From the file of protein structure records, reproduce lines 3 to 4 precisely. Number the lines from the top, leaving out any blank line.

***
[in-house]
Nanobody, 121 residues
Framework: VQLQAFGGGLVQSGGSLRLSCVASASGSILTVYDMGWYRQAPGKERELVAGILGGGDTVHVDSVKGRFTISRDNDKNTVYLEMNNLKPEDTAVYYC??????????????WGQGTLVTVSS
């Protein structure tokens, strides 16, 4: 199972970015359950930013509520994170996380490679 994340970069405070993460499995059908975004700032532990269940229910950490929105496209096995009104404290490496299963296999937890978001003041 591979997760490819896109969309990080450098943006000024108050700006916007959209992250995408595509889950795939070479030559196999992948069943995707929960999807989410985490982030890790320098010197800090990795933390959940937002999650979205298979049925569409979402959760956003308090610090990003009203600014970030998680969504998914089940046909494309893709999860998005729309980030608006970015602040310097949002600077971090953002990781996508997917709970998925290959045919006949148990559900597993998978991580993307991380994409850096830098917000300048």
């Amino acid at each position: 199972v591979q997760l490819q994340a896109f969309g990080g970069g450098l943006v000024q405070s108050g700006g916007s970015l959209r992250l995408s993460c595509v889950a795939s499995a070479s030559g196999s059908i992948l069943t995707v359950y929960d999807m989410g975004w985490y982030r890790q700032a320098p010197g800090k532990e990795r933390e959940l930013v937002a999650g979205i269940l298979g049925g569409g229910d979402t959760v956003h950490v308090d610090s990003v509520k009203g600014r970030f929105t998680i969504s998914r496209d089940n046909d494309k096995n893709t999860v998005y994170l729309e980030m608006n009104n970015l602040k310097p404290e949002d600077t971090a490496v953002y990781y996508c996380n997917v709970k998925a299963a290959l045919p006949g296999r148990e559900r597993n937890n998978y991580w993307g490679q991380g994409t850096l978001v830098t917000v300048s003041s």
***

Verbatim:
Framework: VQLQAFGGGLVQSGGSLRLSCVASASGSILTVYDMGWYRQAPGKERELVAGILGGGDTVHVDSVKGRFTISRDNDKNTVYLEMNNLKPEDTAVYYC??????????????WGQGTLVTVSS
């Protein structure tokens, strides 16, 4: 199972970015359950930013509520994170996380490679 994340970069405070993460499995059908975004700032532990269940229910950490929105496209096995009104404290490496299963296999937890978001003041 591979997760490819896109969309990080450098943006000024108050700006916007959209992250995408595509889950795939070479030559196999992948069943995707929960999807989410985490982030890790320098010197800090990795933390959940937002999650979205298979049925569409979402959760956003308090610090990003009203600014970030998680969504998914089940046909494309893709999860998005729309980030608006970015602040310097949002600077971090953002990781996508997917709970998925290959045919006949148990559900597993998978991580993307991380994409850096830098917000300048």